East Dallas resident and Lake Highlands High School AP teacher Catherine “Casey” Boland is a fierce defender of public schools, and it’s not uncommon for her to take to social media to advocate when issues of public education arise. She did that last week when Betsy DeVos, an advocate for school vouchers, was under scrutiny as nominee for U.S. Secretary of Education.
Her Facebook post has now been shared more than 6,000 times and liked by almost 10,000. You can read it on Facebook here and see the full text below.
“I had no idea my post would go viral. If I really thought anyone but my mom would read it, I would have spent 30 seconds editing it,” joked Boland. “Despite the raised eyebrows of the grammar Nazis, I stand by it. I have heard from former students and colleagues, and friends, of course, which has been sweet. I even had a student who said he read it because his aunt in Massachusetts saw it and reposted it. Social media is a beautiful and terrifying thing.”
I asked if she’d experienced any backlash.
“I don’t feel there was any ‘backlash,’ simply because I don’t think it is a problem if someone disagrees with me. Not everyone has been Jesus-level kind about their disagreements, but that’s fine. I haven’t read all of the comments, but most of them seem to be fairly supportive.
“It think it drew a crowd because the confirmation of Mrs. DeVos is disrespectful to so many, for different reasons, which is why I wrote, ‘Despite pleas from tens of thousands who are in the trenches every day, and know of which they speak, these 51 people put party and politics above the best interest of millions of kids.’”
In the end, DeVos was confirmed, but she required Vice President Mike Pence’s tie-breaking vote – the first time ever a cabinet confirmation depended on such help to break a logjam. Boland says she will continue to advocate for students at Lake Highlands High School, RISD and public schools everywhere. Here is Boland’s post:
Why are people upset about DeVos?
In the 2014-15 school year, Texas spent $9,559 per student in grades K-12 (DMN). Public schools are being compared to the outcomes of private companies like Hockaday, which charges $22,833 for day school (per a Google search).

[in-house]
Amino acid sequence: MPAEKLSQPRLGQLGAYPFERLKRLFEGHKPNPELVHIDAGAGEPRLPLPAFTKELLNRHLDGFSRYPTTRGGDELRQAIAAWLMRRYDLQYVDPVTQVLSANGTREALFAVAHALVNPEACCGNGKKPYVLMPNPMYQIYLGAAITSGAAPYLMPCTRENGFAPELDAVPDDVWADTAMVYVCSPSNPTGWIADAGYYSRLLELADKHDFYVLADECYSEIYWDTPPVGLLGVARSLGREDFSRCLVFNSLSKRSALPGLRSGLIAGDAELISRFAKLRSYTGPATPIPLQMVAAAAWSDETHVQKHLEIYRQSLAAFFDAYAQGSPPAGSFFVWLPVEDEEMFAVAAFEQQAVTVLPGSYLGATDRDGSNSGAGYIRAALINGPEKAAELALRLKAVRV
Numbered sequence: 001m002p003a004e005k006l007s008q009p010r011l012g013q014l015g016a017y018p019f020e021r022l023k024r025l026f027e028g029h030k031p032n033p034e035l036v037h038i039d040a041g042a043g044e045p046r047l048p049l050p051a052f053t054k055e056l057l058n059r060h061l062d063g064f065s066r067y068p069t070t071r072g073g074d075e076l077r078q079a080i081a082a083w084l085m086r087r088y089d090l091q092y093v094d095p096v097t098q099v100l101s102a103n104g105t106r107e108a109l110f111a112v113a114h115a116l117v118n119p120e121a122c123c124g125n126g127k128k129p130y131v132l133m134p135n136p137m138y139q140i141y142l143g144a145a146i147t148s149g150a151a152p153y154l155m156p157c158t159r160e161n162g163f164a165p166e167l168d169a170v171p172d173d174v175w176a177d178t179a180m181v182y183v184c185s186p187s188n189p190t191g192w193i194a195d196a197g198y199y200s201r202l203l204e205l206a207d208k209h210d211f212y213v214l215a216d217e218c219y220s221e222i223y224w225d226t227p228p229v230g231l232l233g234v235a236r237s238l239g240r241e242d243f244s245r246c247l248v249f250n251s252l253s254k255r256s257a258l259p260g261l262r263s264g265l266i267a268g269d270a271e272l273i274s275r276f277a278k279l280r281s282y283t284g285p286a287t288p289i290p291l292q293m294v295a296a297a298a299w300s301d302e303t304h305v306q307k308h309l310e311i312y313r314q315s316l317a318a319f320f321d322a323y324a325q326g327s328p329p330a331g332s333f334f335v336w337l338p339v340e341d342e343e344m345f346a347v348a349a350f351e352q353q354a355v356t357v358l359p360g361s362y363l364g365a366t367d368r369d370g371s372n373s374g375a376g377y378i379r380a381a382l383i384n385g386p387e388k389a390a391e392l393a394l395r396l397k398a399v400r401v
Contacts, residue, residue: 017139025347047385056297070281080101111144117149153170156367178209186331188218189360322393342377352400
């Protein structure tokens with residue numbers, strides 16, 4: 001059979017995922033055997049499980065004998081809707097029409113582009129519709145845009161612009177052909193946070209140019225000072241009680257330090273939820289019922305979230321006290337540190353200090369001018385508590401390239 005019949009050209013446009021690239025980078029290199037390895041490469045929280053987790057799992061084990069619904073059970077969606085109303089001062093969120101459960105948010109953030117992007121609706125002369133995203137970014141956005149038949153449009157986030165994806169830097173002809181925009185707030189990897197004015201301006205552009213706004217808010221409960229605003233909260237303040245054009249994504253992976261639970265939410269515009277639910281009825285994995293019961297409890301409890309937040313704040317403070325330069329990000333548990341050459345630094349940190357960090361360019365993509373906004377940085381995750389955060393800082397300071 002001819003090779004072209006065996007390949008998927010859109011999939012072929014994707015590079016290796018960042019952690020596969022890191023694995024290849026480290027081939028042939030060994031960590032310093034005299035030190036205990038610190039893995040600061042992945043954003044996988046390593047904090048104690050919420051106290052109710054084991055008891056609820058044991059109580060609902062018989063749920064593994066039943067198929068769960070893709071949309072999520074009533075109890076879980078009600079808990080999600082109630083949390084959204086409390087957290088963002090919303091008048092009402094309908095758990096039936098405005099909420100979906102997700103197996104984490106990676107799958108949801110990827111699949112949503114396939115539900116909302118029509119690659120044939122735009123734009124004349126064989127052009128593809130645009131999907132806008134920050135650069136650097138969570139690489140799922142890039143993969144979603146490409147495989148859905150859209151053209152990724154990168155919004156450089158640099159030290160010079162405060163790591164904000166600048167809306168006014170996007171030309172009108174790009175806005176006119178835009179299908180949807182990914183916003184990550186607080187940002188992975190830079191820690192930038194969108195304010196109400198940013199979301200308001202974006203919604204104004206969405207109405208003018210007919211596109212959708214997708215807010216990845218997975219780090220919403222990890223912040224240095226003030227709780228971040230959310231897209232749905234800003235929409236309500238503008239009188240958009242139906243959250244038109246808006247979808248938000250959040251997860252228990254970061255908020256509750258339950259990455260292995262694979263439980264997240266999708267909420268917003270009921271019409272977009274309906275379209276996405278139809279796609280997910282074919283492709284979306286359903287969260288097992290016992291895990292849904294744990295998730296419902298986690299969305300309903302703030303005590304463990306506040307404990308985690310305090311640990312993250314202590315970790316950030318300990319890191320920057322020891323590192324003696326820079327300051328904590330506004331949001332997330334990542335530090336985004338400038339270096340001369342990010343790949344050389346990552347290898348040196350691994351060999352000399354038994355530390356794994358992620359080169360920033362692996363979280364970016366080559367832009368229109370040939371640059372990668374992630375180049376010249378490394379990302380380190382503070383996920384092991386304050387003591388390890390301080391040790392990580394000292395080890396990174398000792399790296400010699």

For the record, Hockaday is a stellar school. Send your kid there, if you so choose. This isn’t about Hockaday.
Public schools teach every kid who comes to their doors – Mayflower legacy and recent refugee; PhD parents and 6th grade drop-out parents; rich and poor; gifted and special needs. K-12, which is longer than most countries. Everyone. And they have amazing successes. Most people in America who are successful (defined any way you want) are products of public schools – even the majority of those people who are now anti-public schools.
Private schools take who they want, if the applicant can pay.
Public schools have no application process. No fees. No anything. They teach who shows up. No matter what. Ankle bracelet because you are awaiting trial for murder? Come on in. English is your fifth language? Or not one you know? Have a seat. You are capable of learning at a 2nd grade level? Here – take Biology and try to pass the state mandated exam. If you fail, it will be your teacher’s fault.
Public schools are beset by arbitrary evaluation systems, bizarrely awful state tests that bring in millions to private companies, and constant belittlement. They are told they have “plenty of money” and “anyone can teach” by people who haven’t set foot in a public school in decades, if ever. And now the answer is pull funds away from public schools trying to serve all to give to private companies that will only serve a few? In what chapter of The Looking Glass is that logic?
Yes, public schools fail sometimes. Sometimes all of the talent and effort and tears and desire cannot leap the hurdles in the paths of some kids. But they try. And they cry real tears for the kids who don’t make it. Real tears – not political ones.
Today public school teachers and administrators and students and parents were slapped in the face by 50 Senators and Vice-President Pence, who said a political donor with no public education experience is worth more than they all are. Despite pleas from tens of thousands who are in the trenches every day, and know of which they speak, these 51 people put party and politics above the best interest of millions of kids.
So, yeah, some people are a little upset today.
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